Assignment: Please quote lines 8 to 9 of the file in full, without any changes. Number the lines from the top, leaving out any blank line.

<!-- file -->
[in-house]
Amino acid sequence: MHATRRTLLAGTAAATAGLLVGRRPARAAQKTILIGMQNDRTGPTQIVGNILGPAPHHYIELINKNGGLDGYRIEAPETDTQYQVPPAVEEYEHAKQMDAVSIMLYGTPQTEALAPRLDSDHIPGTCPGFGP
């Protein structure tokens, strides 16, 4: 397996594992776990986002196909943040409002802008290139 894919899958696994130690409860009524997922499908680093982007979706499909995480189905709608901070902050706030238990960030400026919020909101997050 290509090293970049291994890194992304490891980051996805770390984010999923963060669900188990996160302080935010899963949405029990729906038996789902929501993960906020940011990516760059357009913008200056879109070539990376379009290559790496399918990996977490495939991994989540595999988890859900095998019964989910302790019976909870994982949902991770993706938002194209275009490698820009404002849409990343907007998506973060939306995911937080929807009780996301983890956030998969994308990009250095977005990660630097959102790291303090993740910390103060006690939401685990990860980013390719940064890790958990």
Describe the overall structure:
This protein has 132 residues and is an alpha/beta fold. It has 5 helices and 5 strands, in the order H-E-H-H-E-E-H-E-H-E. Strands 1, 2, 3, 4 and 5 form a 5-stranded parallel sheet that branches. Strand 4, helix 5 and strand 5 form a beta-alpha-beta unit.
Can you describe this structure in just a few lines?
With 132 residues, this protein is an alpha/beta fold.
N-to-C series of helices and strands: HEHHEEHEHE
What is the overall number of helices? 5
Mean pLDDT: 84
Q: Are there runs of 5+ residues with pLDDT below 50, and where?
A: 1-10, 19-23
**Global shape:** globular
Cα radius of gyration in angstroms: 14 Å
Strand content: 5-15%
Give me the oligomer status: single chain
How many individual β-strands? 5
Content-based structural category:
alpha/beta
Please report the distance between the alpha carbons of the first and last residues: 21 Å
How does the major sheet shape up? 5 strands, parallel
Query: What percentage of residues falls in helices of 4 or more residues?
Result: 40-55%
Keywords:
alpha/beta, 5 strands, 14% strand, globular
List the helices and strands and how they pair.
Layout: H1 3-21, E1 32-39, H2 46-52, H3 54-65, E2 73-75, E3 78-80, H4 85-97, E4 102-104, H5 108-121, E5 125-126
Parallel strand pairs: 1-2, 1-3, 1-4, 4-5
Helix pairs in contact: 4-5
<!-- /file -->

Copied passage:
N-to-C series of helices and strands: HEHHEEHEHE
What is the overall number of helices? 5